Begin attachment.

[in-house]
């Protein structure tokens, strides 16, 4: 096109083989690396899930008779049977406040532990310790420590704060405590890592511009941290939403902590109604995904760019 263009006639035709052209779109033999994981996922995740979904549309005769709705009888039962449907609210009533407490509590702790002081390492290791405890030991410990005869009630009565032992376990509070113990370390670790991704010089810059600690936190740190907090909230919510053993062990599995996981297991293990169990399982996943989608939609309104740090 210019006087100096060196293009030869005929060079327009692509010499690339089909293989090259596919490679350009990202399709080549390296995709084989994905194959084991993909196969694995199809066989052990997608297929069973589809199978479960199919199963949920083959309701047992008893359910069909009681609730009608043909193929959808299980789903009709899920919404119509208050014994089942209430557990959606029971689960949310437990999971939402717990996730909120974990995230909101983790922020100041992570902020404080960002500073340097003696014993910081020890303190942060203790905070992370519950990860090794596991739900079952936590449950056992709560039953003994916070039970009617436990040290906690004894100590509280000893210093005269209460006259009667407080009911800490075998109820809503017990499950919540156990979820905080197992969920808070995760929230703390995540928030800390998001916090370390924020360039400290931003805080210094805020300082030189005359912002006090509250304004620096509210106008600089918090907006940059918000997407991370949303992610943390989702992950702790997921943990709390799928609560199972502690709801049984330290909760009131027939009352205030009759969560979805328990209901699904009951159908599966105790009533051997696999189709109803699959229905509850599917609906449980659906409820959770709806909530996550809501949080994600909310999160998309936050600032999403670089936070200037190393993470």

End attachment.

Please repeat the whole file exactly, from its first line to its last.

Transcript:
[in-house]
């Protein structure tokens, strides 16, 4: 096109083989690396899930008779049977406040532990310790420590704060405590890592511009941290939403902590109604995904760019 263009006639035709052209779109033999994981996922995740979904549309005769709705009888039962449907609210009533407490509590702790002081390492290791405890030991410990005869009630009565032992376990509070113990370390670790991704010089810059600690936190740190907090909230919510053993062990599995996981297991293990169990399982996943989608939609309104740090 210019006087100096060196293009030869005929060079327009692509010499690339089909293989090259596919490679350009990202399709080549390296995709084989994905194959084991993909196969694995199809066989052990997608297929069973589809199978479960199919199963949920083959309701047992008893359910069909009681609730009608043909193929959808299980789903009709899920919404119509208050014994089942209430557990959606029971689960949310437990999971939402717990996730909120974990995230909101983790922020100041992570902020404080960002500073340097003696014993910081020890303190942060203790905070992370519950990860090794596991739900079952936590449950056992709560039953003994916070039970009617436990040290906690004894100590509280000893210093005269209460006259009667407080009911800490075998109820809503017990499950919540156990979820905080197992969920808070995760929230703390995540928030800390998001916090370390924020360039400290931003805080210094805020300082030189005359912002006090509250304004620096509210106008600089918090907006940059918000997407991370949303992610943390989702992950702790997921943990709390799928609560199972502690709801049984330290909760009131027939009352205030009759969560979805328990209901699904009951159908599966105790009533051997696999189709109803699959229905509850599917609906449980659906409820959770709806909530996550809501949080994600909310999160998309936050600032999403670089936070200037190393993470």